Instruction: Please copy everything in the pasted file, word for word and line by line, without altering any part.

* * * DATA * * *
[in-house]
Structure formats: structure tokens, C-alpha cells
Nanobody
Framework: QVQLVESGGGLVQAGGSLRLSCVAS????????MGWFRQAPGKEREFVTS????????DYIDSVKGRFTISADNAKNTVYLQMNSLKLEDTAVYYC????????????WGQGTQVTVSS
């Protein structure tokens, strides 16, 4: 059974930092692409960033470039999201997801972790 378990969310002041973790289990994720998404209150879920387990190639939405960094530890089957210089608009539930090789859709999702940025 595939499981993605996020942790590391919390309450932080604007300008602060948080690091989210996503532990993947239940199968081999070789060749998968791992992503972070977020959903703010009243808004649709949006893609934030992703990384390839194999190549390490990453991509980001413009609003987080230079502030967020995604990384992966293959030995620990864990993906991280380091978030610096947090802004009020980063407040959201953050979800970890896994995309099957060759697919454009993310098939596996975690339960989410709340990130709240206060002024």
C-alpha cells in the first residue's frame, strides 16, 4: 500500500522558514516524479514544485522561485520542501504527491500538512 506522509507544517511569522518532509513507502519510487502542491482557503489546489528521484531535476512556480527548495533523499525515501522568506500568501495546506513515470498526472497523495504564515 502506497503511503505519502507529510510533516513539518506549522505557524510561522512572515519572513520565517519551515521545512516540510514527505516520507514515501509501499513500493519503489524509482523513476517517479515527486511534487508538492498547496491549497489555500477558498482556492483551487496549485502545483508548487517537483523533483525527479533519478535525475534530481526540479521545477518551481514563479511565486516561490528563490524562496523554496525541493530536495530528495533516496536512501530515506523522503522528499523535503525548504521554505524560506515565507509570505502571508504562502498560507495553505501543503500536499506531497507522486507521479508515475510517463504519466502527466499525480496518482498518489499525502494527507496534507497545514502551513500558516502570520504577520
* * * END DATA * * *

[in-house]
Structure formats: structure tokens, C-alpha cells
Nanobody
Framework: QVQLVESGGGLVQAGGSLRLSCVAS????????MGWFRQAPGKEREFVTS????????DYIDSVKGRFTISADNAKNTVYLQMNSLKLEDTAVYYC????????????WGQGTQVTVSS
């Protein structure tokens, strides 16, 4: 059974930092692409960033470039999201997801972790 378990969310002041973790289990994720998404209150879920387990190639939405960094530890089957210089608009539930090789859709999702940025 595939499981993605996020942790590391919390309450932080604007300008602060948080690091989210996503532990993947239940199968081999070789060749998968791992992503972070977020959903703010009243808004649709949006893609934030992703990384390839194999190549390490990453991509980001413009609003987080230079502030967020995604990384992966293959030995620990864990993906991280380091978030610096947090802004009020980063407040959201953050979800970890896994995309099957060759697919454009993310098939596996975690339960989410709340990130709240206060002024």
C-alpha cells in the first residue's frame, strides 16, 4: 500500500522558514516524479514544485522561485520542501504527491500538512 506522509507544517511569522518532509513507502519510487502542491482557503489546489528521484531535476512556480527548495533523499525515501522568506500568501495546506513515470498526472497523495504564515 502506497503511503505519502507529510510533516513539518506549522505557524510561522512572515519572513520565517519551515521545512516540510514527505516520507514515501509501499513500493519503489524509482523513476517517479515527486511534487508538492498547496491549497489555500477558498482556492483551487496549485502545483508548487517537483523533483525527479533519478535525475534530481526540479521545477518551481514563479511565486516561490528563490524562496523554496525541493530536495530528495533516496536512501530515506523522503522528499523535503525548504521554505524560506515565507509570505502571508504562502498560507495553505501543503500536499506531497507522486507521479508515475510517463504519466502527466499525480496518482498518489499525502494527507496534507497545514502551513500558516502570520504577520